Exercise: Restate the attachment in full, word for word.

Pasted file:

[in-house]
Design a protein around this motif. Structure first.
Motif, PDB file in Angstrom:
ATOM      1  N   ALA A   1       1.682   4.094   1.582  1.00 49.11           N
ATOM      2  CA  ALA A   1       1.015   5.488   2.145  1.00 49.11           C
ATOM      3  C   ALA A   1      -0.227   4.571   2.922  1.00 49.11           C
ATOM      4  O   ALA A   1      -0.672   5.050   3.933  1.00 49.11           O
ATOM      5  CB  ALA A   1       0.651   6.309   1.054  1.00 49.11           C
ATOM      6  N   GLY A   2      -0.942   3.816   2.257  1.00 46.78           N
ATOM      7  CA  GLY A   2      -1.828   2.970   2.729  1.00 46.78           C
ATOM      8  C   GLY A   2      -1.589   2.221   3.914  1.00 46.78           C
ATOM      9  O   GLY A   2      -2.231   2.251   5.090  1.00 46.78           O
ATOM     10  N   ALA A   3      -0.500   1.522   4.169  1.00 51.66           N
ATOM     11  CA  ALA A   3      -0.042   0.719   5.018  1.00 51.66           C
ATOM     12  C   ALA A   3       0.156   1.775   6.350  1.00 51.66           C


[in-house]
Design a protein around this motif. Structure first.
Motif, PDB file in Angstrom:
ATOM      1  N   ALA A   1       1.682   4.094   1.582  1.00 49.11           N
ATOM      2  CA  ALA A   1       1.015   5.488   2.145  1.00 49.11           C
ATOM      3  C   ALA A   1      -0.227   4.571   2.922  1.00 49.11           C
ATOM      4  O   ALA A   1      -0.672   5.050   3.933  1.00 49.11           O
ATOM      5  CB  ALA A   1       0.651   6.309   1.054  1.00 49.11           C
ATOM      6  N   GLY A   2      -0.942   3.816   2.257  1.00 46.78           N
ATOM      7  CA  GLY A   2      -1.828   2.970   2.729  1.00 46.78           C
ATOM      8  C   GLY A   2      -1.589   2.221   3.914  1.00 46.78           C
ATOM      9  O   GLY A   2      -2.231   2.251   5.090  1.00 46.78           O
ATOM     10  N   ALA A   3      -0.500   1.522   4.169  1.00 51.66           N
ATOM     11  CA  ALA A   3      -0.042   0.719   5.018  1.00 51.66           C
ATOM     12  C   ALA A   3       0.156   1.775   6.350  1.00 51.66           C